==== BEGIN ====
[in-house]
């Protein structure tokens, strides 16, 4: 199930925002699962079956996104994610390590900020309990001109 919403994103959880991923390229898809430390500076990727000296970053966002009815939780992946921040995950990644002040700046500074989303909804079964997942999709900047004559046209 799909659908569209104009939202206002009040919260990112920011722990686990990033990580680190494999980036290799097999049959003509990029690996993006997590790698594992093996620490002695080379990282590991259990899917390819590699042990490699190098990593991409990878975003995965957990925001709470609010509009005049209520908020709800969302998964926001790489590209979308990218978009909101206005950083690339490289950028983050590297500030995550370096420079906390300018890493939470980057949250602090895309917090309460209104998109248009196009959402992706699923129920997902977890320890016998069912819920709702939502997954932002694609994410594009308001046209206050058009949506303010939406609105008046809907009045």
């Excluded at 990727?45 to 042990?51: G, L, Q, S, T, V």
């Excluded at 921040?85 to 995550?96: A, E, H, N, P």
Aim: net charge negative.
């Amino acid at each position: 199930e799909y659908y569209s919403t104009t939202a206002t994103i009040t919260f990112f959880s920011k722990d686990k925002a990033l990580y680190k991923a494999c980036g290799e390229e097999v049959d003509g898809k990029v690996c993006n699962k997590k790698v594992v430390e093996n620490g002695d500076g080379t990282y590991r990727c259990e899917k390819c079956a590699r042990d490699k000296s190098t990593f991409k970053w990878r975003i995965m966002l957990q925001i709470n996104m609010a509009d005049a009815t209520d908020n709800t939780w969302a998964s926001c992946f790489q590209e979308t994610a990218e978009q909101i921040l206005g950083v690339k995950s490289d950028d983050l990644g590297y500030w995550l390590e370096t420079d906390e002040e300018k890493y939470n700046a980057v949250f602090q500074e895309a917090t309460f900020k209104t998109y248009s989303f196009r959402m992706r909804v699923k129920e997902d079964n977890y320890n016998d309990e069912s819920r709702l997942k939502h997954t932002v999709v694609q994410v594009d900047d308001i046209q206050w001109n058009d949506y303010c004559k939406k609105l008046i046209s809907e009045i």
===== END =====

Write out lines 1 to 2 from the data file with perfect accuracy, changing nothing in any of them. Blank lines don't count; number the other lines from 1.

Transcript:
[in-house]
């Protein structure tokens, strides 16, 4: 199930925002699962079956996104994610390590900020309990001109 919403994103959880991923390229898809430390500076990727000296970053966002009815939780992946921040995950990644002040700046500074989303909804079964997942999709900047004559046209 799909659908569209104009939202206002009040919260990112920011722990686990990033990580680190494999980036290799097999049959003509990029690996993006997590790698594992093996620490002695080379990282590991259990899917390819590699042990490699190098990593991409990878975003995965957990925001709470609010509009005049209520908020709800969302998964926001790489590209979308990218978009909101206005950083690339490289950028983050590297500030995550370096420079906390300018890493939470980057949250602090895309917090309460209104998109248009196009959402992706699923129920997902977890320890016998069912819920709702939502997954932002694609994410594009308001046209206050058009949506303010939406609105008046809907009045």